So, here I sit, putting this all together, this past and present pondering, like a complicated jigsaw puzzle. I realize that while my childhood was largely based on a veiled reality, I am okay with that. I have fond memories. But I also wonder to myself why, oh why, would I want to pass this down to my own kids. I wonder just how much more effective I could have been for the Kingdom had I been even a bit more aware of reality.
Today is so very different than yesterday, and my children already have seen more and have heard more than I did at their ages. The world is so different. I can’t give them the grassy playgrounds of yesteryear. I can’t pretend to them that crime and godlessness doesn't happen. It hurts my heart to know that my childhood will never be something I can successfully pass on to these beautiful miracles, but I know this is truth. This is reality.
This thing is, we have been living in a sin-infested world since the day Adam and Eve chose their own wishes over God’s. Time, people, and traditions all have changed. The constants that have been there are Truth and Death. I can choose to get depressed about this, or I can do something dramatically different and choose to look through God’s eyes in every situation. With the help of the Holy Spirit, I can see people for the lost souls they really are, and love and pray for them. I can actually train my children in this way, and give them something I really didn’t have the know-how to do when I was their age: seek after God with all my heart... To run after Him without stopping... And to learn what (Who) Love really is.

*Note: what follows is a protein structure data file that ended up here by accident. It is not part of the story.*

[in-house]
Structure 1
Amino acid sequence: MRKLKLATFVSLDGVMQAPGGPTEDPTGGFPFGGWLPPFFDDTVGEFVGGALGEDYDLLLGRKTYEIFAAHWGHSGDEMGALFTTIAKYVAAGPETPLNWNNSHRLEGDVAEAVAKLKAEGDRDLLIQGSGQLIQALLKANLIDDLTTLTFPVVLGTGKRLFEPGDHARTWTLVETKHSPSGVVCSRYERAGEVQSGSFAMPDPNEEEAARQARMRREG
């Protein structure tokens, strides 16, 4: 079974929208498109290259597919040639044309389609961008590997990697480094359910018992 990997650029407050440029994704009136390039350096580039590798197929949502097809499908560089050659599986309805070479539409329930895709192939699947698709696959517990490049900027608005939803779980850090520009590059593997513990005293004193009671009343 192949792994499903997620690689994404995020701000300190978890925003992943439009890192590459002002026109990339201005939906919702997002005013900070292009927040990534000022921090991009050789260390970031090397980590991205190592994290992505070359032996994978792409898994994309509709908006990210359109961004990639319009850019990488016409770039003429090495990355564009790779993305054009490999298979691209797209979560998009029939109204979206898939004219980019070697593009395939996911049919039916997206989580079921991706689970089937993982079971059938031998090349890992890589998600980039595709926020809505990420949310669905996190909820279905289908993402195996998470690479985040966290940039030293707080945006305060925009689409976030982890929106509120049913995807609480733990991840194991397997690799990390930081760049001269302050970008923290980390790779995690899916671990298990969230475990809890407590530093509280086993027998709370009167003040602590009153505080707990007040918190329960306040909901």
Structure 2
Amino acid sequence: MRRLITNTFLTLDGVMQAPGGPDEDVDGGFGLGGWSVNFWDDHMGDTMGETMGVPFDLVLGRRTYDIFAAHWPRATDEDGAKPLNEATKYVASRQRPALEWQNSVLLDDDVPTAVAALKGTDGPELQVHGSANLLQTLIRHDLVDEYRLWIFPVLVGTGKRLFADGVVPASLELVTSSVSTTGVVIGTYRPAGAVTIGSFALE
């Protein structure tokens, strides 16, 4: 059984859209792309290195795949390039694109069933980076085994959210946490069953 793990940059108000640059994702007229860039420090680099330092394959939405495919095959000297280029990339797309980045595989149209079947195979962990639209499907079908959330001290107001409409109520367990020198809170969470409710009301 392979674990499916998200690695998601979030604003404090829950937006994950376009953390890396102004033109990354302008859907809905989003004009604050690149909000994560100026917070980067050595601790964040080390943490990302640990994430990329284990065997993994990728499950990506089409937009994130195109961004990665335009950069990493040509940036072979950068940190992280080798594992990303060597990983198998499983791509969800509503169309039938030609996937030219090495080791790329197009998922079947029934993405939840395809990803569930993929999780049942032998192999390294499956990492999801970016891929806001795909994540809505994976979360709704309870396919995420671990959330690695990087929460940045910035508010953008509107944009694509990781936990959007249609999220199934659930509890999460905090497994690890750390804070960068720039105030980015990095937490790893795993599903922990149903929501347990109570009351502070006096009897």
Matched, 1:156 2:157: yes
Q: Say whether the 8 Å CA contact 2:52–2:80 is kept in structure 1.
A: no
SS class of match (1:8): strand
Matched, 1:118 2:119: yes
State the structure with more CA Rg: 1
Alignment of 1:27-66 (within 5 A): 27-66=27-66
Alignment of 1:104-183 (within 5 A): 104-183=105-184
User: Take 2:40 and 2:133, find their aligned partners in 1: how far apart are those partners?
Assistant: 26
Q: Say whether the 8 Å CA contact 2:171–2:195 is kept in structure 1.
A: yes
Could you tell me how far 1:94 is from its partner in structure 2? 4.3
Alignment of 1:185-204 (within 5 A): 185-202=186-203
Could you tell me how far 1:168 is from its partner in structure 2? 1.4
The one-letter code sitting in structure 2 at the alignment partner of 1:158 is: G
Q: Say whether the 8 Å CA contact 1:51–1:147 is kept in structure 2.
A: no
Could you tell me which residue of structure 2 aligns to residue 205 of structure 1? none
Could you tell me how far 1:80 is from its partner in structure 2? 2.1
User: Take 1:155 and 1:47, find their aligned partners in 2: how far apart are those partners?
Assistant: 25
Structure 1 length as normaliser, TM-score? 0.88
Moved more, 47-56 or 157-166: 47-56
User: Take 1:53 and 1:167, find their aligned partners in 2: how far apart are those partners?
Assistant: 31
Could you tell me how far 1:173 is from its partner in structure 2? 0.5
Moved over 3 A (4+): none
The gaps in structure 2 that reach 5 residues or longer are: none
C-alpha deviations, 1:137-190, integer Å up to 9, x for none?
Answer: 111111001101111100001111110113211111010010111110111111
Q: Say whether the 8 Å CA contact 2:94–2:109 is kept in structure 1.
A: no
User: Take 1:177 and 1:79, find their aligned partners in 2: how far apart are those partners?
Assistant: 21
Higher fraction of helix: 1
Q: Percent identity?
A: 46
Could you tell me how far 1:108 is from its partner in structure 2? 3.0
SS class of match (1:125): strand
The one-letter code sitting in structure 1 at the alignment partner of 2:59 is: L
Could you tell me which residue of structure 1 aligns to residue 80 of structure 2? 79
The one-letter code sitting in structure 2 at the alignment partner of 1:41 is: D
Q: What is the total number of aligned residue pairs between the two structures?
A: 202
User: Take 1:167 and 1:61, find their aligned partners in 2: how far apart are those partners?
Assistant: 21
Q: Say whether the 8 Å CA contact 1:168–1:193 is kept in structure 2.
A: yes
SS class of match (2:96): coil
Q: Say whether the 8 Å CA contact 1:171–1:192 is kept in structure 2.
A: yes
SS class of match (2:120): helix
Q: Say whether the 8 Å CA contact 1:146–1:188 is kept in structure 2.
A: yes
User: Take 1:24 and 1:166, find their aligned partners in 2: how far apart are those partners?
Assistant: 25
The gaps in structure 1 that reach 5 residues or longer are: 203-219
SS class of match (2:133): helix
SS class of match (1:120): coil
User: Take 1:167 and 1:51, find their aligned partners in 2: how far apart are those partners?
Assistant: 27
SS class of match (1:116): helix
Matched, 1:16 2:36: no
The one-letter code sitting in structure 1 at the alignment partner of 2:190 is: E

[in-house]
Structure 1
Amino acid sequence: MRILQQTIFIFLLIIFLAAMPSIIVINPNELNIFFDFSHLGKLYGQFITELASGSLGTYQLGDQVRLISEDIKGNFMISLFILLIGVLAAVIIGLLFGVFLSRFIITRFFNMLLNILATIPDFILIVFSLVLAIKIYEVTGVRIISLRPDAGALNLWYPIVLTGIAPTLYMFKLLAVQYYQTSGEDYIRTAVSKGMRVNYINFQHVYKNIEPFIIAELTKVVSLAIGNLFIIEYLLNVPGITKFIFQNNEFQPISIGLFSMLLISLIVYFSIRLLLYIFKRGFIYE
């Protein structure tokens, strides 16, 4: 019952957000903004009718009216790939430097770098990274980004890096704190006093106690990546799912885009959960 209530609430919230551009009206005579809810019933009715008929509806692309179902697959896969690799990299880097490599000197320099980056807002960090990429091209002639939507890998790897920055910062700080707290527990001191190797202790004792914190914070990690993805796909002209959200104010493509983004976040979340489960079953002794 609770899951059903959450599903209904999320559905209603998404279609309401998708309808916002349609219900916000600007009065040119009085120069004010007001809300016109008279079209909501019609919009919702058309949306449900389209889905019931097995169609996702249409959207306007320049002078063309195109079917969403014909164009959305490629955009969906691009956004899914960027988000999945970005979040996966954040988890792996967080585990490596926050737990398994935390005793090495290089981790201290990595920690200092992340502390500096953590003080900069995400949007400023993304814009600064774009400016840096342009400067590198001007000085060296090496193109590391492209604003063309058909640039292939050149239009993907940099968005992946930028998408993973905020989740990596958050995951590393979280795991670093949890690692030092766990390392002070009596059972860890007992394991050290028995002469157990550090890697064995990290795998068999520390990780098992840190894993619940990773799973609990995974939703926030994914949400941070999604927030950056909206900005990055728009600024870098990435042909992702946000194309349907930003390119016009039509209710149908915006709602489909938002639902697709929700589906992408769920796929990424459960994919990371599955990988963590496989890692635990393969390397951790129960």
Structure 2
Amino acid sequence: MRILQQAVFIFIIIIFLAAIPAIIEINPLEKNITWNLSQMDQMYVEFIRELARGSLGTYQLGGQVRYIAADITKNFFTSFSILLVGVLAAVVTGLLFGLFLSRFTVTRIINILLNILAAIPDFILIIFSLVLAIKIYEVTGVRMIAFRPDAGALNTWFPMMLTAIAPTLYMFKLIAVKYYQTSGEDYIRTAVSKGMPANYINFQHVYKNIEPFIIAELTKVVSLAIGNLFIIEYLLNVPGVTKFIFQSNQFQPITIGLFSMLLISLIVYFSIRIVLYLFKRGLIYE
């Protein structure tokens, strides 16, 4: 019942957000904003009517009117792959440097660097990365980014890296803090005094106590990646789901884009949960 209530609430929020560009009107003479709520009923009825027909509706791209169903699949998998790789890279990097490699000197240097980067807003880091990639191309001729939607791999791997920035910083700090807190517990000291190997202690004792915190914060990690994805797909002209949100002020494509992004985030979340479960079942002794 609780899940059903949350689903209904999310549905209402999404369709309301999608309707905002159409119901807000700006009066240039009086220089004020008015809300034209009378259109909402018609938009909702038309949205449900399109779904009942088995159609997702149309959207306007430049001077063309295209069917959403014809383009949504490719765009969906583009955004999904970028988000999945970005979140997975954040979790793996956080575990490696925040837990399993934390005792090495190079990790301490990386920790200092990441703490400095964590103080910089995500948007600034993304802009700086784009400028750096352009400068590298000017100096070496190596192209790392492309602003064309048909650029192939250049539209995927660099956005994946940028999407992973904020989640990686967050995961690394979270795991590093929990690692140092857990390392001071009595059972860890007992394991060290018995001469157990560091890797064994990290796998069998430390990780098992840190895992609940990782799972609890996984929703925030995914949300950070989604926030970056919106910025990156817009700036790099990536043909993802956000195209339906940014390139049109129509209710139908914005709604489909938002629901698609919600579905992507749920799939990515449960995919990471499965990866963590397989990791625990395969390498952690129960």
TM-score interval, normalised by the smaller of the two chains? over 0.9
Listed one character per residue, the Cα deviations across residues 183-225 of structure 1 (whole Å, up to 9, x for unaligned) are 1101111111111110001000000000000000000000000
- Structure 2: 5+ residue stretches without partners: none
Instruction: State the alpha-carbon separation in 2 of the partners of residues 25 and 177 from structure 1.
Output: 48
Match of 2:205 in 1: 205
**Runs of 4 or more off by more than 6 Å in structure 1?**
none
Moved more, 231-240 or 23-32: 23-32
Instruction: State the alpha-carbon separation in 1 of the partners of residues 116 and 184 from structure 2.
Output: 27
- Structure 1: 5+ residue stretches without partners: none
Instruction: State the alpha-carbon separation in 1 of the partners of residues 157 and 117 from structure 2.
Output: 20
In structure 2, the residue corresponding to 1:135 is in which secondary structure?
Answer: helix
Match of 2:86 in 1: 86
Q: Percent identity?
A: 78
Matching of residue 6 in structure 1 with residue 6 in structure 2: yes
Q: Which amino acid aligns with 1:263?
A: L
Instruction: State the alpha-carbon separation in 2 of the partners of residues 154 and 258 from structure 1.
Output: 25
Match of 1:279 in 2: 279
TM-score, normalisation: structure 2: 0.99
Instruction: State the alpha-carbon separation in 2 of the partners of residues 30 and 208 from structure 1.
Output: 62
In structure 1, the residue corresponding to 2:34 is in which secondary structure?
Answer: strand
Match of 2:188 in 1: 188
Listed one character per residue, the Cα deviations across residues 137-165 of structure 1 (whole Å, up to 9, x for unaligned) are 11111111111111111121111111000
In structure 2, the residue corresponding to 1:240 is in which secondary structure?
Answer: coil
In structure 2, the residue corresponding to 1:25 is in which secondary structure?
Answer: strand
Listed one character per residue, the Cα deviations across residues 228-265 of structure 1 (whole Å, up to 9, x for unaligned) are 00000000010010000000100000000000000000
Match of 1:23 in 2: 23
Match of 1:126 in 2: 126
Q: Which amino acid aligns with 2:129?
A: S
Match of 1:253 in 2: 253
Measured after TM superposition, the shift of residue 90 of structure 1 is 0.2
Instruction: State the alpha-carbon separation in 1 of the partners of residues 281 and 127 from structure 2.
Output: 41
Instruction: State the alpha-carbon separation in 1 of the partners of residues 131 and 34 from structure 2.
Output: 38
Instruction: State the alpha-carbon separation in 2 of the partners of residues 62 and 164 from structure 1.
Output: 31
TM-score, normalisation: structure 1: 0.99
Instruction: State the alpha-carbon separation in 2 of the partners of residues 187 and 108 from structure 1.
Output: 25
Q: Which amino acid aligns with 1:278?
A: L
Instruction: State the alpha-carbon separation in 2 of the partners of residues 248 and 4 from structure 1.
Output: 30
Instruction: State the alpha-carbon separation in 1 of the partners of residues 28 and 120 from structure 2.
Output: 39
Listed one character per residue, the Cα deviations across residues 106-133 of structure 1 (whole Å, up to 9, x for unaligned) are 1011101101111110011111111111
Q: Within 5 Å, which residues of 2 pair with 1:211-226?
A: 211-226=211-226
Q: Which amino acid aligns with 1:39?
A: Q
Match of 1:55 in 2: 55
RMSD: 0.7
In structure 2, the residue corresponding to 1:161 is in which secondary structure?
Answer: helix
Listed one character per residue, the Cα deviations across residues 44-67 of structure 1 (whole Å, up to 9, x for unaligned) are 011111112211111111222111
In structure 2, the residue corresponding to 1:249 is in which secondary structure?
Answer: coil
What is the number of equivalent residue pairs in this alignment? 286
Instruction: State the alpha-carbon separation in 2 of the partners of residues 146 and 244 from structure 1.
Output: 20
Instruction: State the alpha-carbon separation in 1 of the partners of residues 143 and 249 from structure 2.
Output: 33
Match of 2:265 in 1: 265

So they have a cement playground. So what? They also have the strongest protector living right inside of them. No matter what. And I am so very thankful for young faith. Whether it’s a skinned knee or a sharp word, the same Holy Spirit inside of me has already taken up residence in their impressionable little lives, and I can rest in that completely.
"You are the salt of the earth. But if the salt loses its saltiness, how can it be made salty again? It is no longer good for anything, except to be thrown out and trampled by men.
"You are the light of the world. A city on a hill cannot be hidden. Neither do people light a lamp and put it under a bowl. Instead they put it on its stand, and it gives light to everyone in the house. In the same way, let your light shine before men, that they may see your good deeds and praise your Father in heaven.
*Names were changed, of course.
posted by lauren at 7/14/2010 03:17:00 PM